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Catch up on coronavirus stories and special reports, curated by Mike Allen everyday

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Illustration: Aïda Amer/Axios

New variants of the coronavirus circulating globally appear to increase transmission and are being closely monitored by scientists.

Driving the news: The highly contagious variant B.1.1.7 originally detected in the U.K. could become the dominant strain in the U.S. by March if no measures are taken to control the spread of the virus, the Centers for Disease Control and Prevention said Friday.

Why it matters: Countries are being overwhelmed by surges in cases that have led to border closures, quarantines and more aggressive pushes for the public to get vaccinated. So far, the variants do not appear to be resistant to the existing vaccines or cause more severe disease.

The state of play: Public officials are tracking SARS-CoV-2 variants, including the B.1.1.7 variant detected in the U.K., the 501.V2 variant in South Africa and a newly discovered variant in Brazil.

The B.1.1.7 variant has been identified in about 45 countries, but nations without routine genetic surveillance, including the U.S., may not fully know the extent of the spread, sparking calls for increased monitoring.

  • Public Health England released a new study of B.1.1.7 that estimated the variant is 30% to 50% more transmissible than other forms of the virus.
  • 12 U.S. states have detected the B.1.1.7 variant. The CDC estimates it's linked to about less than half a percent of cases in the U.S. so far and isn't the dominant variant.

The 501.V2 variant is "a little bit more concerning regarding the possibility of interfering with some of the monoclonal antibodies," based on preliminary findings, top infectious disease expert Anthony Fauci told Axios last week.

  • The variant carries a number of mutations that show changes to some of the virus' spike protein, which experts say is cause for concern since the spike protein is what coronavirus uses to gain entry into human cells, BBC reports.

Japan’s Health Ministry detected a variant on Sunday after travelers returned from Brazil. There are still many unknowns, but scientists say it has 12 mutations and studies are underway into the efficacy of vaccines against the new variant.

  • Brazil's Health Ministry has asked Japan for information such as the genetic sequence of the new strain, according to the Japan Times.

The big picture: Viruses mutate, often without impacting the severity of disease or how the virus spreads. But sometimes mutations are consequential for public health and scientists say it's important to monitor them.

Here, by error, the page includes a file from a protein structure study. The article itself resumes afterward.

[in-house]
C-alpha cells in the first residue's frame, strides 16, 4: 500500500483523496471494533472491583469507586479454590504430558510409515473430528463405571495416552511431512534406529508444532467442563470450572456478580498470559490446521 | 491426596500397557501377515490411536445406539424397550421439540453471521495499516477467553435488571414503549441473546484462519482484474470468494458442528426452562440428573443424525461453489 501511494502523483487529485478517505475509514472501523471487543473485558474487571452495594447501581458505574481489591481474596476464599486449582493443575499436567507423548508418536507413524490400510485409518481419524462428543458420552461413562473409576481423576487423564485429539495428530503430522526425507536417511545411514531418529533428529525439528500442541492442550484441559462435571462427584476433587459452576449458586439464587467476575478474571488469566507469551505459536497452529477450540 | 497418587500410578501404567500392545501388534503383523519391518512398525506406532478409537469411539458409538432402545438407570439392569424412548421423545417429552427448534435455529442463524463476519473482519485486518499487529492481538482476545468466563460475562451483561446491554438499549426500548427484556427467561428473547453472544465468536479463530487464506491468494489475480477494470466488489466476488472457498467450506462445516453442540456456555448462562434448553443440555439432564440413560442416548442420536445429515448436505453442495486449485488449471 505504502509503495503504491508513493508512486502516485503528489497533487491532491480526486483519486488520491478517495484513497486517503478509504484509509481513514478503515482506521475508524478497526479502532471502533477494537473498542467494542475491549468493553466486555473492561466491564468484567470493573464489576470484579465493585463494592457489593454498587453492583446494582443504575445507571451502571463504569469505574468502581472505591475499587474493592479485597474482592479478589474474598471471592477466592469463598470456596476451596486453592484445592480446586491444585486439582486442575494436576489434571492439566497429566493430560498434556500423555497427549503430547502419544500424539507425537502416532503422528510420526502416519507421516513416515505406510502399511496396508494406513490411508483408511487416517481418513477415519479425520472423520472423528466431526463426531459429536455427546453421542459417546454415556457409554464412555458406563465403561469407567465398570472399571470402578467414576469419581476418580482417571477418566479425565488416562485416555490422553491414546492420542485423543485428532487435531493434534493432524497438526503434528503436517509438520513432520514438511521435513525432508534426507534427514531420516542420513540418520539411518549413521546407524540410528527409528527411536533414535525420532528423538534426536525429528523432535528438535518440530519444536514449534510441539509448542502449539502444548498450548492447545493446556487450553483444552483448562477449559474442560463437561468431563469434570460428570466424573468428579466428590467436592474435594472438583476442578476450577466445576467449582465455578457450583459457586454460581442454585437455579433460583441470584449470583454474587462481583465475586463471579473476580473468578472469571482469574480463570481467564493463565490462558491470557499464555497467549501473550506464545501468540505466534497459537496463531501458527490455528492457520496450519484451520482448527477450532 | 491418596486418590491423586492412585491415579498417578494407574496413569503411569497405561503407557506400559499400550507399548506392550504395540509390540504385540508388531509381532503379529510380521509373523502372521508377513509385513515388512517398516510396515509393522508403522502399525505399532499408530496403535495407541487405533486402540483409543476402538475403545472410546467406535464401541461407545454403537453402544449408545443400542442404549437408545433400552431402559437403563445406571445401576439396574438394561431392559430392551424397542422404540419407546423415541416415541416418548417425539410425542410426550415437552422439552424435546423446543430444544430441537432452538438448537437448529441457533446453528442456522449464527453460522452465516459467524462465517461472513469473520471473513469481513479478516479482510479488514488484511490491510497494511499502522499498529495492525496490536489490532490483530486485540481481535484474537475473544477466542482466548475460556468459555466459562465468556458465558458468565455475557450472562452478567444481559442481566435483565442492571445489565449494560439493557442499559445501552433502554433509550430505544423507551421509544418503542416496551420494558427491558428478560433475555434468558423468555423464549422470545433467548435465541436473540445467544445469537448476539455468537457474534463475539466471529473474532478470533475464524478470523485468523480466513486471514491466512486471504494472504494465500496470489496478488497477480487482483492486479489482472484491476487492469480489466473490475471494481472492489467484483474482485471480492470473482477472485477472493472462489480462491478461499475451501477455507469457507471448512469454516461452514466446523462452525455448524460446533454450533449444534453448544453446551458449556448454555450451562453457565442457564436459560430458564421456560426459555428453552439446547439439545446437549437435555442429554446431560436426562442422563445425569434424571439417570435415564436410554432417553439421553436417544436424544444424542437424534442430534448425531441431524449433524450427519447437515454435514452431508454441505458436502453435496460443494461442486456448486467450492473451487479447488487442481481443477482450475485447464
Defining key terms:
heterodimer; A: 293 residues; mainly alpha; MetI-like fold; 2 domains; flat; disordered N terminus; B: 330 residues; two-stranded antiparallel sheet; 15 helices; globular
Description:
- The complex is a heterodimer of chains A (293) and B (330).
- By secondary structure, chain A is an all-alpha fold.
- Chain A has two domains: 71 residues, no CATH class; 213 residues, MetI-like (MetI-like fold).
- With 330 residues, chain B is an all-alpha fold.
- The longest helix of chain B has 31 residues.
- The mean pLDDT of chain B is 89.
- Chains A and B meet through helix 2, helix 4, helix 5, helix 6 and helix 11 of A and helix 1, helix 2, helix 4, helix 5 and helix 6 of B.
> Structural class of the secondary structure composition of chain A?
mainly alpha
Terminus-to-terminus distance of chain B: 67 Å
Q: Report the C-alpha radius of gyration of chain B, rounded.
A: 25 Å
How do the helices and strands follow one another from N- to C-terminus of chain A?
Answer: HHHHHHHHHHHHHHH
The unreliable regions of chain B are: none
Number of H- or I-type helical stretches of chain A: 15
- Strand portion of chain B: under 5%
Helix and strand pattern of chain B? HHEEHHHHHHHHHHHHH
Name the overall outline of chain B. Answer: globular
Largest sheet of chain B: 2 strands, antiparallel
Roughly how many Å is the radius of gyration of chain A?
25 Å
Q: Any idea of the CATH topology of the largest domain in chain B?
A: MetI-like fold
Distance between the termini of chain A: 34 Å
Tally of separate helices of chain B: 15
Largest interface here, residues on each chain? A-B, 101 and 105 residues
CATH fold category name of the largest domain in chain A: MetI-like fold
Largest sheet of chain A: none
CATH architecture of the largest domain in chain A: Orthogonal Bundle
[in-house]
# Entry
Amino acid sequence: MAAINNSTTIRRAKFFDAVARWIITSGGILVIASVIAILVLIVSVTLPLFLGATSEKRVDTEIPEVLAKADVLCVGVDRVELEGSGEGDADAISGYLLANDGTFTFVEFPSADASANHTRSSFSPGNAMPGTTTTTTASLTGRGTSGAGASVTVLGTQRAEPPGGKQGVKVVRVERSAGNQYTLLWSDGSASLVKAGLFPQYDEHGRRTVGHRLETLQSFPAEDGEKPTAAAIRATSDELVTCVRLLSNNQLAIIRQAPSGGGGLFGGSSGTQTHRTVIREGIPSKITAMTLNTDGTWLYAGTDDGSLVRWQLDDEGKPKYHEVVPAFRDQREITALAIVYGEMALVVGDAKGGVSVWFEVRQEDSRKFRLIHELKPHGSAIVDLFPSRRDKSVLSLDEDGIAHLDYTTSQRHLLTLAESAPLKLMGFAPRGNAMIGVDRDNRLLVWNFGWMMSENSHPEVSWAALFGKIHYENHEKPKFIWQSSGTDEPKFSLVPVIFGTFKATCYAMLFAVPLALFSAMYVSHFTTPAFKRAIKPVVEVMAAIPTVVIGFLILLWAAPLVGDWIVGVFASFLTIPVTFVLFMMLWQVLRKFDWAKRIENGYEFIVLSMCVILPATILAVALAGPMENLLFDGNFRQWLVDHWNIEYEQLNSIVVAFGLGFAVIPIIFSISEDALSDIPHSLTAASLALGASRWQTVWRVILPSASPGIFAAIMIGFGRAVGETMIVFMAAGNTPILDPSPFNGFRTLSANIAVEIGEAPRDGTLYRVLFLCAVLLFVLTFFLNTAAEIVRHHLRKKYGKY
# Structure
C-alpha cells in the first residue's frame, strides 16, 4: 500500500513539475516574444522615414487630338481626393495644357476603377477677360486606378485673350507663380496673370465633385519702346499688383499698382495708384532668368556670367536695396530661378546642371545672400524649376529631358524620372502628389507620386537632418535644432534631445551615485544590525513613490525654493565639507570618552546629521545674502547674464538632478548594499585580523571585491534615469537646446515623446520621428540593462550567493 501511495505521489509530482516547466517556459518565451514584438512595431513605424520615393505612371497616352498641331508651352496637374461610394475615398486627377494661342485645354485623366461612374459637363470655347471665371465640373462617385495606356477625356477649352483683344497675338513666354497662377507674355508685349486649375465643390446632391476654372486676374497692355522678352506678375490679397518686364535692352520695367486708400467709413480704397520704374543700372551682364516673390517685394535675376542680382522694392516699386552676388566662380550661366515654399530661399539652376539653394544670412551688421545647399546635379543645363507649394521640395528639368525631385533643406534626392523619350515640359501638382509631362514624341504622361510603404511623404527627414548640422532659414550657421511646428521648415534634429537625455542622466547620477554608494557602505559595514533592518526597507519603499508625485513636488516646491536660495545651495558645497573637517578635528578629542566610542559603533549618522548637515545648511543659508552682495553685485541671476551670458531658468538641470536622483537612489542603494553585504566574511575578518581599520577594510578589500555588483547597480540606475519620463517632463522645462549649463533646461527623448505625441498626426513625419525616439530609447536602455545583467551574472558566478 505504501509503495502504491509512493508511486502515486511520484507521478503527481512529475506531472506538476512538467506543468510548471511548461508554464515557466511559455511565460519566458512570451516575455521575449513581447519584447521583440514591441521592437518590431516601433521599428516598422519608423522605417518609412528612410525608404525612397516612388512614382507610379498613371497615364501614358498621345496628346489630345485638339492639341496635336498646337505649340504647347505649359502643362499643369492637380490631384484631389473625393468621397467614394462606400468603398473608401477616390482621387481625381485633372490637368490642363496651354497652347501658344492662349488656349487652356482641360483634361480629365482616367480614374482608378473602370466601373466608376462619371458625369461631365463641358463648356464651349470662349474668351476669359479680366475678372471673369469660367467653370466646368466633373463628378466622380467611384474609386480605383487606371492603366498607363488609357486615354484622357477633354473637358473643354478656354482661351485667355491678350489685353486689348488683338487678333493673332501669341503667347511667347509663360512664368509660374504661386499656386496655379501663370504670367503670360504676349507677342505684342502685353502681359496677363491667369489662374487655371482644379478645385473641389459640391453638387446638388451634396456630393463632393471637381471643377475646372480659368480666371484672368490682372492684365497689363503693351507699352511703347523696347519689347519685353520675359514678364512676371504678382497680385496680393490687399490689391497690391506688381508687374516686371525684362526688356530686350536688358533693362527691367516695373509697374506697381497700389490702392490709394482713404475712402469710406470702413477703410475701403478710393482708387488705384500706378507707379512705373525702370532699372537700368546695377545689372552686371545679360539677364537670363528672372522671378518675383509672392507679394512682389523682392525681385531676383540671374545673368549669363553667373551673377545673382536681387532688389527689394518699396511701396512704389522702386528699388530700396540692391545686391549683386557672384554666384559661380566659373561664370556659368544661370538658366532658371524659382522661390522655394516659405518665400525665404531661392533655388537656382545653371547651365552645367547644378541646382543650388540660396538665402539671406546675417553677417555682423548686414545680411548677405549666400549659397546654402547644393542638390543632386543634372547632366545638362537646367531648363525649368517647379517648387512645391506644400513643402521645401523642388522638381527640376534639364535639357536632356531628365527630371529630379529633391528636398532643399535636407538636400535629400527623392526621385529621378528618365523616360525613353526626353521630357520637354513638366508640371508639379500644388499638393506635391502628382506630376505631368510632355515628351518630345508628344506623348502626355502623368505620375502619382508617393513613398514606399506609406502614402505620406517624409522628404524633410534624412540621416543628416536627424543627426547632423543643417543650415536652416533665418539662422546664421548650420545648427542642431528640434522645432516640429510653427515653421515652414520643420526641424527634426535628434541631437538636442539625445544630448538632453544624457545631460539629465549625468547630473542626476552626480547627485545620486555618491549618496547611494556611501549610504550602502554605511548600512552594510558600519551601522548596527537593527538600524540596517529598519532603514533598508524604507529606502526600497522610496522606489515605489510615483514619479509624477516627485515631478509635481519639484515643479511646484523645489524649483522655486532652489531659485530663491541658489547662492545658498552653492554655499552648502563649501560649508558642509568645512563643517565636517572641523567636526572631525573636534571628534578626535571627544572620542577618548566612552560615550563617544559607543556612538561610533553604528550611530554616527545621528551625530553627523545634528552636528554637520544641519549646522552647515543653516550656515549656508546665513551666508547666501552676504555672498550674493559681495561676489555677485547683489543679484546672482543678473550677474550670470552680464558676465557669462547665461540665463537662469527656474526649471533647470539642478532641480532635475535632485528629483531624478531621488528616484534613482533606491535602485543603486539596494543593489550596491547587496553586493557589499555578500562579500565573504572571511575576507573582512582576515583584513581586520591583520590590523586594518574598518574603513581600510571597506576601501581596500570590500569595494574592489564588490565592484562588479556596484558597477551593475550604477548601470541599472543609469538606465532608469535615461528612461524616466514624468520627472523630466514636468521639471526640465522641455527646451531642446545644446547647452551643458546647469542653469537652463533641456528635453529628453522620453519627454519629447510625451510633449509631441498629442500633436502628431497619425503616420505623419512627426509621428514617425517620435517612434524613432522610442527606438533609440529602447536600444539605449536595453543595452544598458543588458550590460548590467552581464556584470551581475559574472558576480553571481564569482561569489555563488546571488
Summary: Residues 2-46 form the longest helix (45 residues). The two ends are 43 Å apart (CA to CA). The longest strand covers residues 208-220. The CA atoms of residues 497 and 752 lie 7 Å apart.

• Both Pfizer and Moderna are in the process of testing their vaccines against the variants. Pfizer and BioNTech said Thursday the mutation N501Y found in both variants B.1.1.7 and 501.V2 was tested against their vaccine and found “no reduction in neutralization activity against the virus.”
  • But there are multiple mutations and more studies are underway.

What to watch: On Friday, CDC officials pushed back on reports of a U.S. variant of the virus, the New York Times reports.

  • “To date, neither researchers nor analysts at CDC have seen the emergence of a particular variant in the United States,” the CDC said.
  • The White House did not immediately respond to a request for comment.

The bottom line: Viruses mutate and evolve and the coronavirus is no different. So far, public health officials still say wearing a mask, socially distancing, testing and contact tracing, and hand washing are best practices for stopping the spread of COVID-19.

Go deeper

Jan 30, 2021 - World

Science helps New Zealand avoid another coronavirus lockdown

New Zealand Prime Minister Jacinda Ardern (L) visits a lab at Auckland University in December. Photo: Phil Walter/Getty Images

New Zealand has avoided locking down for a second time over COVID-19 community cases because of a swift, science-led response.

Why it matters: The Health Ministry said in an email to Axios Friday there's "no evidence of community transmission" despite three people testing positive after leaving managed hotel isolation. That means Kiwis can continue to visit bars, restaurants and events as much of the world remains on lockdown.

Updated 15 hours ago - Politics & Policy

Coronavirus dashboard

Illustration: Annelise Capossela/Axios

  1. Health: Coronavirus cases hold steady at 65,000 per day — CDC declares racism "a serious public health threat" — WHO official: Brazil is dealing with "raging inferno" of a COVID outbreak.
  2. Vaccines: America may be close to hitting a vaccine wall — Pfizer asks FDA to expand COVID vaccine authorization to adolescents — CDC says Johnson & Johnson vaccine supply will drop 80% next week.
  3. Economy: Treasury says over 156 million stimulus payments sent out since March — More government spending expected as IMF projects 6% global GDP growth.
  4. Politics: Supreme Court ends California's coronavirus restrictions on home religious meetings.
  5. World: Iran tightens COVID restrictions amid fourth wave of pandemic.
  6. Variant tracker: Where different strains are spreading.

Chauvin trial leaves cities, activists across America on edge

Illustration: Brendan Lynch/Axios

The impact of the Derek Chauvin trial is reverberating far beyond the walls of the downtown Minneapolis courtroom.

The state of play: With the trial set to enter its third week, activists across America are watching the proceedings unfold with heavy skepticism that what they perceive as justice will be served.